Most of the shops are small family businesses, ranging from snack stalls, to a ninja goods and experience shop, and a store specializing in delicate Japanese paper (washi). There is also a surprising number of small pharmacies, as Nagano is known to prefer family-owned independent pharmacies over large corporations. Zig zag through your way around the area after exploring the temple grounds. During the winter holiday season, after dark the trees along the street twinkle with thousands of romantic fairy lights.

Nagano soul food: Make or buy some tasty oyaki!

Oyakiare one of Nagano's signature foods, a glutinous steamed or pan-seared bun with a variety of sweet or savory fillings. There are dozens of flavors to try, from nozawana pickled vegetables to sweet azuki red bean paste, apple compote and more. In Nagano oyaki are sold as commonly as onigiri rice balls at convenience stores!

Stop by the Ogawano-sho oyaki shop along Omotesando Road to go behind-the-scenes on how these delicious (and healthy) buns are made. They offer an hour-long experience, which includes making two oyaki from scratch, and watching the shop's owner cook them right in front of your eyes on the irori-a traditional Japanese fireplace. The friendly staff and the jokester couple who own the shop make this a fun experience. And your own freshly handmade oyaki are sure to taste amazing!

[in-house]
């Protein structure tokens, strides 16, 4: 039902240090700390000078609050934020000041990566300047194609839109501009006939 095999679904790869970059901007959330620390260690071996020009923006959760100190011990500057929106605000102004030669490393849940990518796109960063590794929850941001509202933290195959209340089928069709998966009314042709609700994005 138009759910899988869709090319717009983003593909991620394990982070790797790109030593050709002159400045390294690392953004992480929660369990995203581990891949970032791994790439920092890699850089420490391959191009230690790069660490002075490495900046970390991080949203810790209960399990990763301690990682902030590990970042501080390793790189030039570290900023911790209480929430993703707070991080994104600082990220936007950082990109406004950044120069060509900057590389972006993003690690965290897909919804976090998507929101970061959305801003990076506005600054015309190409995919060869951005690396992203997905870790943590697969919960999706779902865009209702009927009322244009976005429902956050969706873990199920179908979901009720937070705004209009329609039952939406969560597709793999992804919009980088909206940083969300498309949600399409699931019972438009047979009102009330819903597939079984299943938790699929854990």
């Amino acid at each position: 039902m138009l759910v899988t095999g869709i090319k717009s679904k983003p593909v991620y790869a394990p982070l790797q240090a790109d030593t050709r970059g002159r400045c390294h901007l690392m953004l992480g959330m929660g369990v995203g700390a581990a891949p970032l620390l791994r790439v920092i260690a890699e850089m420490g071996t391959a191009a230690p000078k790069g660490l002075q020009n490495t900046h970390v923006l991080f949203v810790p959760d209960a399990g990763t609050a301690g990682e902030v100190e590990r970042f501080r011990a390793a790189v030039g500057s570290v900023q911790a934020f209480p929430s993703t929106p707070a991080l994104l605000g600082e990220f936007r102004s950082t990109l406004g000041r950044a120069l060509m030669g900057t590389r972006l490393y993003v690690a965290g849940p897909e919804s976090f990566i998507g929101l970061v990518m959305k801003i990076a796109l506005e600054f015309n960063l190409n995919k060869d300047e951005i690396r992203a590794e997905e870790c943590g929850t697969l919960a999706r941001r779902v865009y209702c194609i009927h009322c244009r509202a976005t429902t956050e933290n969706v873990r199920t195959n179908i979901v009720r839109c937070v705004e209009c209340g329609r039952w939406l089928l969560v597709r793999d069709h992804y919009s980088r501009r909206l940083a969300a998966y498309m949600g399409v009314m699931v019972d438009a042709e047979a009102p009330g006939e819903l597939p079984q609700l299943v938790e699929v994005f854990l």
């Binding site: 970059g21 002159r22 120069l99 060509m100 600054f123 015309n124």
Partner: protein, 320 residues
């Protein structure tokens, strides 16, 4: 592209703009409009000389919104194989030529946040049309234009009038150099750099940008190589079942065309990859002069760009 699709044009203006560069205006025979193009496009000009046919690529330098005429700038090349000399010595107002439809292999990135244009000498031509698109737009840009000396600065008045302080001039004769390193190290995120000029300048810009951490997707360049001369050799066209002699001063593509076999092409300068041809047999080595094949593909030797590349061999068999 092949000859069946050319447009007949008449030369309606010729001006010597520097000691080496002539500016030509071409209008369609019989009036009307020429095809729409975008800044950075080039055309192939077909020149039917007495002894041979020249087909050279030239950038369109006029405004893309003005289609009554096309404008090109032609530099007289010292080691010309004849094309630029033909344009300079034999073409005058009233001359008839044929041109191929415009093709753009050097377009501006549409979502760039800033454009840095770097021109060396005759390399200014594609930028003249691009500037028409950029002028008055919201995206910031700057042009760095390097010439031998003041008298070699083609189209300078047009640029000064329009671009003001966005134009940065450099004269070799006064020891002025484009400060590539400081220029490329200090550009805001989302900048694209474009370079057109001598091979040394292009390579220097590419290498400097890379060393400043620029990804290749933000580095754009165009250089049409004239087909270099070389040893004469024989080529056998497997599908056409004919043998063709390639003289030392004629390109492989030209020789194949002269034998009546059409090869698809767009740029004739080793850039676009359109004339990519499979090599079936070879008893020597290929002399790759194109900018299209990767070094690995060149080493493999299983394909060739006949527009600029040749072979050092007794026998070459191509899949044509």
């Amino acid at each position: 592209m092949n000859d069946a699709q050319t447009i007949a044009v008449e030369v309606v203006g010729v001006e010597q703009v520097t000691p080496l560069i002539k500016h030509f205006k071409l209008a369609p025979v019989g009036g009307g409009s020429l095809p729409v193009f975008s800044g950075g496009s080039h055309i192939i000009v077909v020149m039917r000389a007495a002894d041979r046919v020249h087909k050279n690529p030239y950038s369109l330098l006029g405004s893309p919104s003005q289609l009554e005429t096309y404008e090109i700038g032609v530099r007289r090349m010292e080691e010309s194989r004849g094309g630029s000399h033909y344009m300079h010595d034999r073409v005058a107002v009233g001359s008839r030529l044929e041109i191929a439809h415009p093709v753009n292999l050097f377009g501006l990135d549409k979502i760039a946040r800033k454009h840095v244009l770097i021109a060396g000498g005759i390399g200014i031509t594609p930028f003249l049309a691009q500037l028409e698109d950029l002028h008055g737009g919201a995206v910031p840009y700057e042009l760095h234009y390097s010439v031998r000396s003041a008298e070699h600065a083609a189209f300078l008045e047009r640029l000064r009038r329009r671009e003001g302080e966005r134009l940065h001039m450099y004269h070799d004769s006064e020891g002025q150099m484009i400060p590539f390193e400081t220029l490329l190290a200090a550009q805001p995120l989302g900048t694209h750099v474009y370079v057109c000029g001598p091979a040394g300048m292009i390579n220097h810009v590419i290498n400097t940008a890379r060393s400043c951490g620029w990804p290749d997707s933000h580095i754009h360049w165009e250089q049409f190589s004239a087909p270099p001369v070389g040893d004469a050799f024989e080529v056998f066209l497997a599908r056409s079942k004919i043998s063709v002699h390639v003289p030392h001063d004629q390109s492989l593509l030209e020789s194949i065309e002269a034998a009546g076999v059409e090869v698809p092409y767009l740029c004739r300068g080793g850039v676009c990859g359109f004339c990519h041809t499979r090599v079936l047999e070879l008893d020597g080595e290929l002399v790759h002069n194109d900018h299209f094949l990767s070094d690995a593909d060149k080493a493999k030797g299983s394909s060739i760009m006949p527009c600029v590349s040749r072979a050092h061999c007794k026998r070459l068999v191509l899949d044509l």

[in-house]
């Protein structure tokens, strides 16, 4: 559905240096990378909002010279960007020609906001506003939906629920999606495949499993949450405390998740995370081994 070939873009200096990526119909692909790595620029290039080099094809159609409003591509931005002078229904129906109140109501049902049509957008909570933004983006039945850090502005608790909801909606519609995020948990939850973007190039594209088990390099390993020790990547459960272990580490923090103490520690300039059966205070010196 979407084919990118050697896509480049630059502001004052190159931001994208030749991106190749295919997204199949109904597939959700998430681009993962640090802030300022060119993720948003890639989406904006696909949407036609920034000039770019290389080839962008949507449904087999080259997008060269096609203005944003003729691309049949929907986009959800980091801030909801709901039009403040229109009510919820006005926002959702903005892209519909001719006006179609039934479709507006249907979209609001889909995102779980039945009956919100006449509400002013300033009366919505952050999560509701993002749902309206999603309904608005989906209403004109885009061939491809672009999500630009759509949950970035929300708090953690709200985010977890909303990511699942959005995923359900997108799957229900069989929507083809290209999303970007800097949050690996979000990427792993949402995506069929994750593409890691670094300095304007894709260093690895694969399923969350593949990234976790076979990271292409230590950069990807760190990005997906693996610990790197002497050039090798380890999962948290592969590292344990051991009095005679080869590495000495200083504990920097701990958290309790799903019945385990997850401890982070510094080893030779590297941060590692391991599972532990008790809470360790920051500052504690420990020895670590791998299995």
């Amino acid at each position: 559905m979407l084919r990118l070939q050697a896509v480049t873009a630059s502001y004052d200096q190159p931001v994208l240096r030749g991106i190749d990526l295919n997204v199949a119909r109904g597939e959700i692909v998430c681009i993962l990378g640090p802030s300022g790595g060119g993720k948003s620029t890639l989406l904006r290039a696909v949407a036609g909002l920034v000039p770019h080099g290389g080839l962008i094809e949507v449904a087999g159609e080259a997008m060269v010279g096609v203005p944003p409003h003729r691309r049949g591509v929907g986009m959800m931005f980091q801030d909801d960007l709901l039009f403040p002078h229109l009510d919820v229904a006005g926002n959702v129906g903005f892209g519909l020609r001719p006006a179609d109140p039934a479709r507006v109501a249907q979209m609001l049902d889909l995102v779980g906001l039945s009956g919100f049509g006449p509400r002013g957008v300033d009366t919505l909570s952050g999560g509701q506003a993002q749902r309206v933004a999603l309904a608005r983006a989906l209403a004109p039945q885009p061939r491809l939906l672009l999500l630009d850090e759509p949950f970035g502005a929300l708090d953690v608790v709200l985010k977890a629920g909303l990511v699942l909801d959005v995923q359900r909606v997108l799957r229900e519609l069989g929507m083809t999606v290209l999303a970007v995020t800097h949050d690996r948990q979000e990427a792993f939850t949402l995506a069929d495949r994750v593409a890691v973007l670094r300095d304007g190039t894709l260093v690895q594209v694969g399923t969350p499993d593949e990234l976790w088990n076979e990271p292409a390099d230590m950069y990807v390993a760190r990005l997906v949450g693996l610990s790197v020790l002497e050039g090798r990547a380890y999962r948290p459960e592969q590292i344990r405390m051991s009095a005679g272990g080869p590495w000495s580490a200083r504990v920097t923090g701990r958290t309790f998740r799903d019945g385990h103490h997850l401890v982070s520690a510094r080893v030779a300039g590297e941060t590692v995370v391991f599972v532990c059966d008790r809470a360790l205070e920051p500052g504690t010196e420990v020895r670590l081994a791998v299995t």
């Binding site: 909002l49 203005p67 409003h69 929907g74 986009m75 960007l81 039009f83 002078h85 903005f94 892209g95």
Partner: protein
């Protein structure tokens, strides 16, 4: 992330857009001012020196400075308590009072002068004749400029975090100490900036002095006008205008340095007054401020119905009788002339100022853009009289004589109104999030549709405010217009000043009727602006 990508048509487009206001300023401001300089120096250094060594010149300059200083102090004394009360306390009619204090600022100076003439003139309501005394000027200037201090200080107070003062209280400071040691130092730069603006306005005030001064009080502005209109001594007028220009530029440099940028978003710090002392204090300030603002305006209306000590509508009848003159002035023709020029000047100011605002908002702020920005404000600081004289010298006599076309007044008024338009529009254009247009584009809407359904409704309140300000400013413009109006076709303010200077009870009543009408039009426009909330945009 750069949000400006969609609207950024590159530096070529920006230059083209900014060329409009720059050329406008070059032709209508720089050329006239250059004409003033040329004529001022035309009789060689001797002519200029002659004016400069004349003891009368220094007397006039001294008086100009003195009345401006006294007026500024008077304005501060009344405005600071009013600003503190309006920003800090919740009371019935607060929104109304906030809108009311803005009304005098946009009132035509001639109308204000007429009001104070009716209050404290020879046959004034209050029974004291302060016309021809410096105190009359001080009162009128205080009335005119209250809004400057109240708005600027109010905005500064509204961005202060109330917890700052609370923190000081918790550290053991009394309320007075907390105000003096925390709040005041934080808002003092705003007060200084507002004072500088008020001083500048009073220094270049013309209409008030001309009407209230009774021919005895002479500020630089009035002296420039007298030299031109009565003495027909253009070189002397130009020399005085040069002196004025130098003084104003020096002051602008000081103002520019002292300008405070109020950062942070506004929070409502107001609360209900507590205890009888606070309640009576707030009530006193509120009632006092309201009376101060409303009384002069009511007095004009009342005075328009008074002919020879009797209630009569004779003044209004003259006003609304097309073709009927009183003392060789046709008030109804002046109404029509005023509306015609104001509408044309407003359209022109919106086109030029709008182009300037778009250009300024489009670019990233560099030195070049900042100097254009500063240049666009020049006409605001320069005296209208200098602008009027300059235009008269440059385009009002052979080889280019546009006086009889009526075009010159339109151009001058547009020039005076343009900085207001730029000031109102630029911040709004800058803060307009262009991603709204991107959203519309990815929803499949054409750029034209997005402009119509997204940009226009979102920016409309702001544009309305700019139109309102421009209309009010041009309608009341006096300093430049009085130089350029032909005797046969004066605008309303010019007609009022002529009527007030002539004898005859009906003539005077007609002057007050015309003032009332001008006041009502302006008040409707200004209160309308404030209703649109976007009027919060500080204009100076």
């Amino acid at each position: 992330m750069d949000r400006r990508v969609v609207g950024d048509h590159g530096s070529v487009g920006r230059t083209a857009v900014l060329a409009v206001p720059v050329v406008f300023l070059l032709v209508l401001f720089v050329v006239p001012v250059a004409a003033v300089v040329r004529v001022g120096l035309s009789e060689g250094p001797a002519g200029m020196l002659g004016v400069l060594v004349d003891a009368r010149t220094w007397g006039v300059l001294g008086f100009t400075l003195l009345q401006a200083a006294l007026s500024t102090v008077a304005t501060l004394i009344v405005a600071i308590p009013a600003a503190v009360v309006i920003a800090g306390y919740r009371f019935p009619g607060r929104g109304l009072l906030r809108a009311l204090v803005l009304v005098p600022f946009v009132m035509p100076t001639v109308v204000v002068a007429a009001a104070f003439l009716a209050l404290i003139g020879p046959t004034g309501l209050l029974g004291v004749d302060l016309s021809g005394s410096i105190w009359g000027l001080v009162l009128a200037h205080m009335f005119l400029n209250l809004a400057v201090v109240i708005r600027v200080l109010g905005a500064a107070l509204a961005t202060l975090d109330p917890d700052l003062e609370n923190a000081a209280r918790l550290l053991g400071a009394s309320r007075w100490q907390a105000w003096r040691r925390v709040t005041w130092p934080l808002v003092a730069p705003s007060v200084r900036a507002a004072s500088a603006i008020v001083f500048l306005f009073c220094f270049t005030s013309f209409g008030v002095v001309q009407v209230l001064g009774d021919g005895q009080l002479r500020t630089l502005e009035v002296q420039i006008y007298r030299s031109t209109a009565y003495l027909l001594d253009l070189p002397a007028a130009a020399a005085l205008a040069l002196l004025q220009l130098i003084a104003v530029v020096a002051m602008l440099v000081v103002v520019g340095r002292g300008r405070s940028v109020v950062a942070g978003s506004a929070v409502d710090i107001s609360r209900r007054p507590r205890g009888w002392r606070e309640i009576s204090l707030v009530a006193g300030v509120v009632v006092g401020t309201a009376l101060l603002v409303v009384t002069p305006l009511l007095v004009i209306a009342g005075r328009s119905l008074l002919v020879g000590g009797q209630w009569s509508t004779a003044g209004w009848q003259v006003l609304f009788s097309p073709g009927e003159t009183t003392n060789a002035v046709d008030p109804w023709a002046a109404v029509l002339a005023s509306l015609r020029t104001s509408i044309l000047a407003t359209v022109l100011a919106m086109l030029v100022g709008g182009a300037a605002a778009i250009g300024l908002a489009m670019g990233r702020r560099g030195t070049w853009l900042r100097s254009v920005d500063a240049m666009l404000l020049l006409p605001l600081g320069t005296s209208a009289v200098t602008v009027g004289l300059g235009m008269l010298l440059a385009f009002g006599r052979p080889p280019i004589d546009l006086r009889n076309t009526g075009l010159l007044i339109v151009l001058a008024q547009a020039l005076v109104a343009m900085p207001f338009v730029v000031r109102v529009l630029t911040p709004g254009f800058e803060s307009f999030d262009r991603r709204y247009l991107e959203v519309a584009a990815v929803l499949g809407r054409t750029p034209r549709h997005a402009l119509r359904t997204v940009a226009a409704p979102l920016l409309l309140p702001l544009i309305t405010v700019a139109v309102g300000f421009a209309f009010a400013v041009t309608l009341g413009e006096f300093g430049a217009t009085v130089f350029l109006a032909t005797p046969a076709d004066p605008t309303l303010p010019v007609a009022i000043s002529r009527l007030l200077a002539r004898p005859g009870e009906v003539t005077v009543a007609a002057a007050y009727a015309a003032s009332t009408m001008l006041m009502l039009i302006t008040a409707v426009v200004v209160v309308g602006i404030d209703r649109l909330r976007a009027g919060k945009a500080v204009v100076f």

The shop also has about a dozen different oyaki flavors to choose from. They are available fresh or frozen, so you can eat them while meandering, or take them away for later!

Lunch: Soba Making with a Ninja in Togakushi

After a refreshing morning at the temple and nearby shopping street, it's time to head to the forested hills of Togakushi, an enchanting mountain village. Just hop on one of the regular public buses departing from Nagano Station, and ride for 40 minutes. You can choose to hop off in the lower, middle, or upper area of the village. But by this time, you'll be starving, so a lunch break is in order!

Togakushi is famous for its soba buckwheat noodles. Soba is a popular dish for visitors to learn how to make from scratch, and what's better than slurping noodle you made yourself? Reserve a soba-making class at Yamaguchi-Ya where the soba master, Mr. Yamaguchi-who also happens to descend from a family of ninjas-will teach you the origins of buckwheat and help you make the noodles from scratch.

While he's a dedicated master of his craft, he's also funny and very warm, making the soba-making class easy and fun. After the hour-long process, head upstairs to taste your own soba!